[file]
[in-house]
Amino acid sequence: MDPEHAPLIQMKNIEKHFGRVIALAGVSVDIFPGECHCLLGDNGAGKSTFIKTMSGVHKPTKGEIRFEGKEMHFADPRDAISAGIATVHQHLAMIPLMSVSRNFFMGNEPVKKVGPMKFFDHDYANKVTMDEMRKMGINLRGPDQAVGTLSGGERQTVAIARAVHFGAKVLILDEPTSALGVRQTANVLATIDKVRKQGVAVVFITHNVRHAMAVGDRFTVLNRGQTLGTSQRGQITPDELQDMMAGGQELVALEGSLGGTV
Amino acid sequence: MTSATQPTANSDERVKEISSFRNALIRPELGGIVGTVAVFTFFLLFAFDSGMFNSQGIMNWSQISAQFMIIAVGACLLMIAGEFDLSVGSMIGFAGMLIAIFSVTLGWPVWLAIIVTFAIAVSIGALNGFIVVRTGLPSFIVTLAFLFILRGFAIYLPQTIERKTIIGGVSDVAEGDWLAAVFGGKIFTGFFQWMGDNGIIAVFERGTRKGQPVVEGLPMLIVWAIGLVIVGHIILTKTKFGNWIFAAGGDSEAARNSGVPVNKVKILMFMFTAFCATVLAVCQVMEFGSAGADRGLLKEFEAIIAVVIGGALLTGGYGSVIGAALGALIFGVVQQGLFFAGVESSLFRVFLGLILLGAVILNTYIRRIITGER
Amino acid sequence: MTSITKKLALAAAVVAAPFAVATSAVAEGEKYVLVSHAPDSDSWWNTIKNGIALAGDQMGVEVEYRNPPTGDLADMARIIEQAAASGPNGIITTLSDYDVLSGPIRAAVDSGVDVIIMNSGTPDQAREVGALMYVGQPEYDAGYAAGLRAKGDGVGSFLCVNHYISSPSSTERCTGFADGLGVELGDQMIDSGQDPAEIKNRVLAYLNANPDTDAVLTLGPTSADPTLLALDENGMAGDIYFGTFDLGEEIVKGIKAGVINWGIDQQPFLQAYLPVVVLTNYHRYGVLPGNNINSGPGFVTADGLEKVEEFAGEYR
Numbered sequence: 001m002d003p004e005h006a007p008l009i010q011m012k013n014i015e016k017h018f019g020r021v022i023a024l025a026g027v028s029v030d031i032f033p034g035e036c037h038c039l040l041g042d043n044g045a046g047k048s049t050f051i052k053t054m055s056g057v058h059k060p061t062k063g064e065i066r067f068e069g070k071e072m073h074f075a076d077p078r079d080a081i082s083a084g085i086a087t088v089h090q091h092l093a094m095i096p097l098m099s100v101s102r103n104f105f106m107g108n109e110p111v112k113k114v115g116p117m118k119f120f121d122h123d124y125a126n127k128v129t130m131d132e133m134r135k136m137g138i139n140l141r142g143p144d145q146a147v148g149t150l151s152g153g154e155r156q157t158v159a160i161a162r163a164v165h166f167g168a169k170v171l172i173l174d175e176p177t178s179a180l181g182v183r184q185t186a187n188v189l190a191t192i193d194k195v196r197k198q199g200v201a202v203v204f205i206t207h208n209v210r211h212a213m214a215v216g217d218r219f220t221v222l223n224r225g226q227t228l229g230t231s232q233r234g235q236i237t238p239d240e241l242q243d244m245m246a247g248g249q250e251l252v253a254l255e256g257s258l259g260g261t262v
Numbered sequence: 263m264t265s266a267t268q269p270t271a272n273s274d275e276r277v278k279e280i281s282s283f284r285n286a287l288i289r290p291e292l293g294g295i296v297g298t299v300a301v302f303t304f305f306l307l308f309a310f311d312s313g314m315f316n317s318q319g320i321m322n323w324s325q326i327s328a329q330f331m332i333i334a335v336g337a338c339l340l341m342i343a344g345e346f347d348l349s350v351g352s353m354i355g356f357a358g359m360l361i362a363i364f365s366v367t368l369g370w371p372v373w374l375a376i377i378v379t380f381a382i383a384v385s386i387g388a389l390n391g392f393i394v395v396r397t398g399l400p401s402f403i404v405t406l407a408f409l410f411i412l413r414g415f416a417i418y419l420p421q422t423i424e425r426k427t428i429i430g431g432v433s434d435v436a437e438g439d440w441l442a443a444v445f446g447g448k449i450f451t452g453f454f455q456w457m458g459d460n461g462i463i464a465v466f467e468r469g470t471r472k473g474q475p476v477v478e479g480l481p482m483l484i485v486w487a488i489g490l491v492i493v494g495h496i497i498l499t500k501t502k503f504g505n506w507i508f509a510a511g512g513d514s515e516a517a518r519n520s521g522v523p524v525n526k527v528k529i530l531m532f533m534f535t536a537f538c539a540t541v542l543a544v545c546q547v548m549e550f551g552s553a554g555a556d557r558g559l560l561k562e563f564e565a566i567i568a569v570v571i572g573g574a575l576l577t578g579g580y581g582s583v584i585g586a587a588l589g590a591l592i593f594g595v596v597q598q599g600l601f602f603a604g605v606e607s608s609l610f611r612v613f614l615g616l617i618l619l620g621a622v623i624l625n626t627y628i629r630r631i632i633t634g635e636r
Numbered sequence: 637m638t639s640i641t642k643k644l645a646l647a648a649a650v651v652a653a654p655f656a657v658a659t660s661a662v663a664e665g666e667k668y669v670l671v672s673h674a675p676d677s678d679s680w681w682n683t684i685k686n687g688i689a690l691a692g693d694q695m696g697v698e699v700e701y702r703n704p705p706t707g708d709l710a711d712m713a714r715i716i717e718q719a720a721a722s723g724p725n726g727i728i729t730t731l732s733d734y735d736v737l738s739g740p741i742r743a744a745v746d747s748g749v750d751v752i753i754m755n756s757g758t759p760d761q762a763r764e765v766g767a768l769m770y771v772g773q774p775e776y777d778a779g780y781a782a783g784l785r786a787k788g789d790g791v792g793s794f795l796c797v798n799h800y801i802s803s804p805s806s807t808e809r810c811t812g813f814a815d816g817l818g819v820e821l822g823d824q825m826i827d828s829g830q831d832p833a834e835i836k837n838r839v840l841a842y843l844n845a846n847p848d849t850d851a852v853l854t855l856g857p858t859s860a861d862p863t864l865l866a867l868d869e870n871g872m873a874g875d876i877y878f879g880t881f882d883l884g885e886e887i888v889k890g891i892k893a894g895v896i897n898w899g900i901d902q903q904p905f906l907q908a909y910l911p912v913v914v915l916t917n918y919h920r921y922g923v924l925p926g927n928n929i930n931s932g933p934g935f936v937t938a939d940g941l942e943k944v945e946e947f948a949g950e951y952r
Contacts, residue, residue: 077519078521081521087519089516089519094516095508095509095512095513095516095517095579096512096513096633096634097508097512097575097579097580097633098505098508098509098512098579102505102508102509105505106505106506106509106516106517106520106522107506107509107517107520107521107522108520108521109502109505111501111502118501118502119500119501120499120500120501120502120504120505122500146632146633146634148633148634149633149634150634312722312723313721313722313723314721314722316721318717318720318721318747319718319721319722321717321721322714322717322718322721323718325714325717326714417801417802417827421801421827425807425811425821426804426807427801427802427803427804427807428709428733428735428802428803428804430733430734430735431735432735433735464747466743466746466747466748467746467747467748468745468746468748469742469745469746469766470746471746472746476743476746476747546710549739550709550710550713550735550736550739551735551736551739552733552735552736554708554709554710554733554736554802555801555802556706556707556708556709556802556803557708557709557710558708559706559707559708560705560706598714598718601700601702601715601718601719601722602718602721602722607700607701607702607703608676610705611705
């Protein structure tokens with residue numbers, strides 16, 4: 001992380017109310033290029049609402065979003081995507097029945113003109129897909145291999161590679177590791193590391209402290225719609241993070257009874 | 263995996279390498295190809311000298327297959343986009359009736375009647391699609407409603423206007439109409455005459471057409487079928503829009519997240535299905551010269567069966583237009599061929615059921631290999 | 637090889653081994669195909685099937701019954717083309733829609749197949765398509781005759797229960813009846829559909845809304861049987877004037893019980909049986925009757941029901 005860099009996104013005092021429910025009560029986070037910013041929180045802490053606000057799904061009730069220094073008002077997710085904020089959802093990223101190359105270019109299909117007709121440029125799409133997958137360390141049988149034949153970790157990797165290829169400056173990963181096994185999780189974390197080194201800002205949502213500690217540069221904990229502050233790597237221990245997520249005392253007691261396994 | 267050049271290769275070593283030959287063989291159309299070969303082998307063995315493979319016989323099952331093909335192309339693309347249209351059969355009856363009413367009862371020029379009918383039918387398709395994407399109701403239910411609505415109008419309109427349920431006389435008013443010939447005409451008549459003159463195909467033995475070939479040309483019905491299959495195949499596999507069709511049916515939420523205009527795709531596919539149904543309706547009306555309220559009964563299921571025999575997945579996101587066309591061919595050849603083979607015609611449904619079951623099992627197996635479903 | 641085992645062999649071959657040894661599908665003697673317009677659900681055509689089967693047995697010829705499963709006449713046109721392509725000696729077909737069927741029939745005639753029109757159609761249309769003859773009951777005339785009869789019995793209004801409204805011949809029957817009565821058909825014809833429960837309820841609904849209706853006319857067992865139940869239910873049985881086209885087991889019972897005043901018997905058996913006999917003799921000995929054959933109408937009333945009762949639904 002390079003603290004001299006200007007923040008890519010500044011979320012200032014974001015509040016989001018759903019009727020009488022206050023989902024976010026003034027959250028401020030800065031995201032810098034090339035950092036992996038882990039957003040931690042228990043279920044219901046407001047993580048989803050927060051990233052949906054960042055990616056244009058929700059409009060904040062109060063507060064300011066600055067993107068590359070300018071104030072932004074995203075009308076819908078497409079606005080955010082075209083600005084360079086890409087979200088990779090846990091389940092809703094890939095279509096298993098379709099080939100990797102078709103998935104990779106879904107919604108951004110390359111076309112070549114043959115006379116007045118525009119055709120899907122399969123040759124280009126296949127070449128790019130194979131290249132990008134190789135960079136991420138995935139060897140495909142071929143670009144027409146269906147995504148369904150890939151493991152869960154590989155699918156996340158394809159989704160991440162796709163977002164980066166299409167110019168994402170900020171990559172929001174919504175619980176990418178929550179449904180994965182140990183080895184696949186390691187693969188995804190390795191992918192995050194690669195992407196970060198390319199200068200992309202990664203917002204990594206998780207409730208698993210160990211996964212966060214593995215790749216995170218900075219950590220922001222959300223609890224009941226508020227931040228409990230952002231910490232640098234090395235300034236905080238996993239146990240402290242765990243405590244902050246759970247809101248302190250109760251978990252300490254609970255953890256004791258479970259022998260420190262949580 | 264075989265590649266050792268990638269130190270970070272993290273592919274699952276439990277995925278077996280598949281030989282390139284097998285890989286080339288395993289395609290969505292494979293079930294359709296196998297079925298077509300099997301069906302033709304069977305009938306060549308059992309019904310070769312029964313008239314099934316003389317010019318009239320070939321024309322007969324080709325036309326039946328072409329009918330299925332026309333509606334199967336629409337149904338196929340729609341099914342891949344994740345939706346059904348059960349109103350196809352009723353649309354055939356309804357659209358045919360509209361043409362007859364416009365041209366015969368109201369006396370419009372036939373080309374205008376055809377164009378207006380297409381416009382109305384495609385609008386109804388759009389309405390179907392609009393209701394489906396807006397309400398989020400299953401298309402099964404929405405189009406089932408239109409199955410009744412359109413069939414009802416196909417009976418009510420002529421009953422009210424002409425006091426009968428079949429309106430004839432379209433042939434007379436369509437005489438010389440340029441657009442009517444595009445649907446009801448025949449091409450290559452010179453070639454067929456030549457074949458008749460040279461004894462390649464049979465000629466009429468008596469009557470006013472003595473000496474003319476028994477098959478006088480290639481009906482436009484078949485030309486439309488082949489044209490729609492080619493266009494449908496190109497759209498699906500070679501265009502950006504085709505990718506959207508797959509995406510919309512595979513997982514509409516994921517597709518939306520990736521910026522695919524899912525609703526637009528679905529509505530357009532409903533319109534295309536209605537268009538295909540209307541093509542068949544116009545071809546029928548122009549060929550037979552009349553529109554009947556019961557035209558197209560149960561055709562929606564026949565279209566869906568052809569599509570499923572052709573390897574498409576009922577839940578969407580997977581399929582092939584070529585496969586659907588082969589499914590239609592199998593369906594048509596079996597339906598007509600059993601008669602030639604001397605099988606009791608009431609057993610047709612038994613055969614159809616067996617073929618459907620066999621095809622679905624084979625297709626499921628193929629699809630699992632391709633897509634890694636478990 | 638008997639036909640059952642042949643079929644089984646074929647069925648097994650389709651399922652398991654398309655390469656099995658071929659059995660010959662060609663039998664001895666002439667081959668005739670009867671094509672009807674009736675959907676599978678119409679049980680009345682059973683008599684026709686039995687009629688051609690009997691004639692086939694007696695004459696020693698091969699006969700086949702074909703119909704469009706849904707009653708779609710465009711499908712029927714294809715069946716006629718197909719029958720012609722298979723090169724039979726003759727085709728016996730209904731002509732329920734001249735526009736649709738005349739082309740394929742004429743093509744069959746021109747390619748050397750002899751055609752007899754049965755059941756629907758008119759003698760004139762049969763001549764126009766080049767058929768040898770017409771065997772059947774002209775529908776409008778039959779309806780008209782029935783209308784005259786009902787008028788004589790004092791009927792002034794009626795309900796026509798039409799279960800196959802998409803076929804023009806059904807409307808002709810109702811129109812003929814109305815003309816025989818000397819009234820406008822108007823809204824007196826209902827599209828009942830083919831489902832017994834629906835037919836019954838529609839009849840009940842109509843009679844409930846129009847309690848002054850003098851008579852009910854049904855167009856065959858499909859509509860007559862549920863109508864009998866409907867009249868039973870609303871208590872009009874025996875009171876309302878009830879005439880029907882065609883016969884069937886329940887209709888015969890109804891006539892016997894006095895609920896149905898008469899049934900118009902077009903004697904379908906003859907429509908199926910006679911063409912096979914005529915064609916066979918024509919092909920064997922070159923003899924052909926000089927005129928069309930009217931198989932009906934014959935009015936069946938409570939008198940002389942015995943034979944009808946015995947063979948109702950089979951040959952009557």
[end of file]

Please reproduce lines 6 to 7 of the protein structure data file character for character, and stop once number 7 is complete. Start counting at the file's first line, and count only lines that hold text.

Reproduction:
Numbered sequence: 263m264t265s266a267t268q269p270t271a272n273s274d275e276r277v278k279e280i281s282s283f284r285n286a287l288i289r290p291e292l293g294g295i296v297g298t299v300a301v302f303t304f305f306l307l308f309a310f311d312s313g314m315f316n317s318q319g320i321m322n323w324s325q326i327s328a329q330f331m332i333i334a335v336g337a338c339l340l341m342i343a344g345e346f347d348l349s350v351g352s353m354i355g356f357a358g359m360l361i362a363i364f365s366v367t368l369g370w371p372v373w374l375a376i377i378v379t380f381a382i383a384v385s386i387g388a389l390n391g392f393i394v395v396r397t398g399l400p401s402f403i404v405t406l407a408f409l410f411i412l413r414g415f416a417i418y419l420p421q422t423i424e425r426k427t428i429i430g431g432v433s434d435v436a437e438g439d440w441l442a443a444v445f446g447g448k449i450f451t452g453f454f455q456w457m458g459d460n461g462i463i464a465v466f467e468r469g470t471r472k473g474q475p476v477v478e479g480l481p482m483l484i485v486w487a488i489g490l491v492i493v494g495h496i497i498l499t500k501t502k503f504g505n506w507i508f509a510a511g512g513d514s515e516a517a518r519n520s521g522v523p524v525n526k527v528k529i530l531m532f533m534f535t536a537f538c539a540t541v542l543a544v545c546q547v548m549e550f551g552s553a554g555a556d557r558g559l560l561k562e563f564e565a566i567i568a569v570v571i572g573g574a575l576l577t578g579g580y581g582s583v584i585g586a587a588l589g590a591l592i593f594g595v596v597q598q599g600l601f602f603a604g605v606e607s608s609l610f611r612v613f614l615g616l617i618l619l620g621a622v623i624l625n626t627y628i629r630r631i632i633t634g635e636r
Numbered sequence: 637m638t639s640i641t642k643k644l645a646l647a648a649a650v651v652a653a654p655f656a657v658a659t660s661a662v663a664e665g666e667k668y669v670l671v672s673h674a675p676d677s678d679s680w681w682n683t684i685k686n687g688i689a690l691a692g693d694q695m696g697v698e699v700e701y702r703n704p705p706t707g708d709l710a711d712m713a714r715i716i717e718q719a720a721a722s723g724p725n726g727i728i729t730t731l732s733d734y735d736v737l738s739g740p741i742r743a744a745v746d747s748g749v750d751v752i753i754m755n756s757g758t759p760d761q762a763r764e765v766g767a768l769m770y771v772g773q774p775e776y777d778a779g780y781a782a783g784l785r786a787k788g789d790g791v792g793s794f795l796c797v798n799h800y801i802s803s804p805s806s807t808e809r810c811t812g813f814a815d816g817l818g819v820e821l822g823d824q825m826i827d828s829g830q831d832p833a834e835i836k837n838r839v840l841a842y843l844n845a846n847p848d849t850d851a852v853l854t855l856g857p858t859s860a861d862p863t864l865l866a867l868d869e870n871g872m873a874g875d876i877y878f879g880t881f882d883l884g885e886e887i888v889k890g891i892k893a894g895v896i897n898w899g900i901d902q903q904p905f906l907q908a909y910l911p912v913v914v915l916t917n918y919h920r921y922g923v924l925p926g927n928n929i930n931s932g933p934g935f936v937t938a939d940g941l942e943k944v945e946e947f948a949g950e951y952r